To illustrate his teaching practices, Schroeder provides course outlines and schedules, as well as a variety of student writing. With a clear overview of his pedagogical approach, he relies extensively on student texts, largely in the form of email conversations, to carry the narrative line of his overall argument. However, a conspicuous absence in his (self-conscious, postmodern, narrative) methodology is any discussion of research ethics. After all, as one of his students shrewdly observes, "He uses his class as an experiment for his book" (125). Throughout ReInventing the University, Schroeder includes excerpts from student conversations and responses, and their estimation of his pedagogy is mixed. Of course, what complicates matters -- or should complicate his approach -- is the simple fact that he asks his students to evaluate his teaching while the class is still going on, before final grades have been recorded. His students know he is writing a book, and it appears obvious to the students that he is heavily invested in his new, experimental approach to constructed literacies. While there are grounds for this type of teacher-research methodology, the absence of any discussion (or disclaimer) about the power relationships that could bias student observations may leave readers wondering what some students would have said after the semester was over.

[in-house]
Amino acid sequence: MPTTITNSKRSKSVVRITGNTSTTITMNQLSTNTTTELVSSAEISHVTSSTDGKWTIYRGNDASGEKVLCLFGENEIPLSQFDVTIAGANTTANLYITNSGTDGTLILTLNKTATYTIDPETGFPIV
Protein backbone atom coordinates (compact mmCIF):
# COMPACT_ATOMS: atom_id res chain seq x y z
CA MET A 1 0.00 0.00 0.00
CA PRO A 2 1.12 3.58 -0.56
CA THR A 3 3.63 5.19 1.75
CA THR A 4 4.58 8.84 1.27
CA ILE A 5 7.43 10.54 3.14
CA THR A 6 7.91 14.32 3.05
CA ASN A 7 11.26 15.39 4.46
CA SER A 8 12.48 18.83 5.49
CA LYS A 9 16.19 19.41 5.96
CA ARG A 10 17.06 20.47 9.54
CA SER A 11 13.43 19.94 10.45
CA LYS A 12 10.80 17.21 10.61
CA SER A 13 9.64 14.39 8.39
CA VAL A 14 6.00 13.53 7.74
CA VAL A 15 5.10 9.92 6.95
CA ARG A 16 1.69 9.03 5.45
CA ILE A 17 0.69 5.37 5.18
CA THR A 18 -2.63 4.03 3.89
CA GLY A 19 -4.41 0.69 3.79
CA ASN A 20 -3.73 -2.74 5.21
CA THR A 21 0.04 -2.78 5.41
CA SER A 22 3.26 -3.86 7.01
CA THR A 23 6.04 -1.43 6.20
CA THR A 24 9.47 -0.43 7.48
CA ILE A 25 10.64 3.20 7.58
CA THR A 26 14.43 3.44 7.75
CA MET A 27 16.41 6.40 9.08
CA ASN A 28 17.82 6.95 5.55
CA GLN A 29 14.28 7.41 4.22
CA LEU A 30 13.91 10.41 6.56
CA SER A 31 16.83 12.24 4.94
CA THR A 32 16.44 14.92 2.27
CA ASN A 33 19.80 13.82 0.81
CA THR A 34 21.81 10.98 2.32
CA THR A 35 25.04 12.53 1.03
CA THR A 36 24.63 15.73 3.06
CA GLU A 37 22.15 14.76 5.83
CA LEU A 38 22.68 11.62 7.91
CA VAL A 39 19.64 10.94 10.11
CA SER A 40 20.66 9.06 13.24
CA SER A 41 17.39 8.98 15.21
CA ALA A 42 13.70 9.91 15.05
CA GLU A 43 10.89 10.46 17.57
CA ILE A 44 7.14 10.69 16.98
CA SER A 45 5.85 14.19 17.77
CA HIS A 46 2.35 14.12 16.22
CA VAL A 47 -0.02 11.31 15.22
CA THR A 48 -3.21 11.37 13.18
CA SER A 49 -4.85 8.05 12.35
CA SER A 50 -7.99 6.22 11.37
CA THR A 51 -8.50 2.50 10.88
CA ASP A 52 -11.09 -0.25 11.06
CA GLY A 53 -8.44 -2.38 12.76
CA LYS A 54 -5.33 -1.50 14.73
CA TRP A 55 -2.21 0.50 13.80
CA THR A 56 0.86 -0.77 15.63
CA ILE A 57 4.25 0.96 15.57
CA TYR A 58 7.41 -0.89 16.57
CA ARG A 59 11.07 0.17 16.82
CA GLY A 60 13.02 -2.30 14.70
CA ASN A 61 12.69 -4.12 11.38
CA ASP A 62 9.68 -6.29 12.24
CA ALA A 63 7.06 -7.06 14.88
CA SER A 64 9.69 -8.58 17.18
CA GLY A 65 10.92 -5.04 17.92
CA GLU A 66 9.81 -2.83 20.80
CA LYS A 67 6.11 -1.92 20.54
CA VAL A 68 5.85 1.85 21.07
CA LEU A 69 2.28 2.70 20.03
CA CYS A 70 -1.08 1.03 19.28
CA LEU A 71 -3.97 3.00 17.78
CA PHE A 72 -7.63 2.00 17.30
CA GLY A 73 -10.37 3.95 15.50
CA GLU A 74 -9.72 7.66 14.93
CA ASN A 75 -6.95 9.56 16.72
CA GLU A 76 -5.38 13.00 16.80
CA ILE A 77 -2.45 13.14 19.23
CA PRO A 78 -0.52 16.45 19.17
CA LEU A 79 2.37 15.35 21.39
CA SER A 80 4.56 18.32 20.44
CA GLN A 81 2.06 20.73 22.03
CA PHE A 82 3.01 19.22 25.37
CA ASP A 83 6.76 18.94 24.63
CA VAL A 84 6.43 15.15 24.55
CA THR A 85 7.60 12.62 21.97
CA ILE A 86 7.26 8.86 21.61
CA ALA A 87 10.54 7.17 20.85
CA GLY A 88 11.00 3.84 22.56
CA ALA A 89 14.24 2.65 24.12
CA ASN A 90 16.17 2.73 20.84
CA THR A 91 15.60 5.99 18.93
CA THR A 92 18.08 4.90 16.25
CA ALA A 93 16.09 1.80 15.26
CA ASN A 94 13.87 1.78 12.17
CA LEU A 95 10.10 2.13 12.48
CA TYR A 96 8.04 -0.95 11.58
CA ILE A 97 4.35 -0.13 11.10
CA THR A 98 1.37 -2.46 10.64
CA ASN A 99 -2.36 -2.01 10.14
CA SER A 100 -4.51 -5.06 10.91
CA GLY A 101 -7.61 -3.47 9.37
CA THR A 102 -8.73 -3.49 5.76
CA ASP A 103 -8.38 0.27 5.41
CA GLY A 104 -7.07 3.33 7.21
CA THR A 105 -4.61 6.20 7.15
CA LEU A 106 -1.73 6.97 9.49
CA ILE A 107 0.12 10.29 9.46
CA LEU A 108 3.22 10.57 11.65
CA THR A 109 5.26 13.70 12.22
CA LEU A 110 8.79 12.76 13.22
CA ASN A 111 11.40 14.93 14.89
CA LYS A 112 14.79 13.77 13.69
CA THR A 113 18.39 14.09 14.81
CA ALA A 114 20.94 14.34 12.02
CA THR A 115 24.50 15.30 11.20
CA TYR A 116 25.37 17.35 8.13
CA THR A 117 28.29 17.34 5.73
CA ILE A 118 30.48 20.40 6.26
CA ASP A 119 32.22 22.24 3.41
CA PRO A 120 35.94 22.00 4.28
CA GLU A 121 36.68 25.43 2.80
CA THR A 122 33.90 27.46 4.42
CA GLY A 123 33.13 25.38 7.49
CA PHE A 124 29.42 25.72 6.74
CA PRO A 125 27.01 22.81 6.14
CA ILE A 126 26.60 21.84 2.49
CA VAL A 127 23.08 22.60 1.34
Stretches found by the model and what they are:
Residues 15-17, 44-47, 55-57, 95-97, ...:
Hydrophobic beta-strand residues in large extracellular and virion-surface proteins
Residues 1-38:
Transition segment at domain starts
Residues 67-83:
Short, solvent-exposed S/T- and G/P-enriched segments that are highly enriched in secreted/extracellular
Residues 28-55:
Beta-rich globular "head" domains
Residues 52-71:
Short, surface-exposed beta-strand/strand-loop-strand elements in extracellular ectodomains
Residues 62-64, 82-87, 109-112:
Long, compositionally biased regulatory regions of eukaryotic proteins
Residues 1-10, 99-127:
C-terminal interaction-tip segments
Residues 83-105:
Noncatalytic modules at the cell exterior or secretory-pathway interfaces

Readers may also find his honesty a bit unsettling, however, for he reveals numerous problems surrounding his teaching and its reception. For example, one student writes in a course evaluation, "Do you really even want to be here? It's like you don't even want to be a teacher -- as if you just settled for this profession" (21). Elsewhere, a department chair comments on his evaluations as a whole, noting that "yours are not particularly outstanding" (22). While this honesty is to be applauded, it also calls his motivations into question. Is ReInventing the University a lengthy apologia for a pedagogy that has prompted student revolt, administrative concern, and theoretical uncertainty? In between his four primary chapters, five "Interlude" chapters provide a similar array of intriguing textual artifacts from Schroeder's scholarly activity. Emails exchanged with colleagues, correspondence with (former) department chairs, and email discussions with Peter Elbow and Victor Villanueva illuminate Schroeder's long journey developing his pedagogy of constructed literacies. Perhaps the point of these complimentary and contradictory discourses is that readers should understand how a transformative pedagogy can be complex, far-reaching, and difficult to maneuver. The panoply of voices echoing throughout the book are sometimes more engaging than the author's own, but these appear to be part of his rhetorical approach. In one Interlude chapter, journal excerpts from his dissertation director offer unique insights into faculty concerns for graduate students. Schroeder's emails with a colleague also serve as an engaging dialogue with surprising results, as she reminds him that "skills have to be a part of courses like comp. and lit.," and she challenges the novelty of his problem-posing pedagogy, noting, "I'm not sure I find it any different from anything I've ever believed or ever done" (74). We get the sense that Schroeder wants us to gain something from these exchanges, but he chooses instead to leave the conflicts open-ended, contingent, and presumably inconclusive.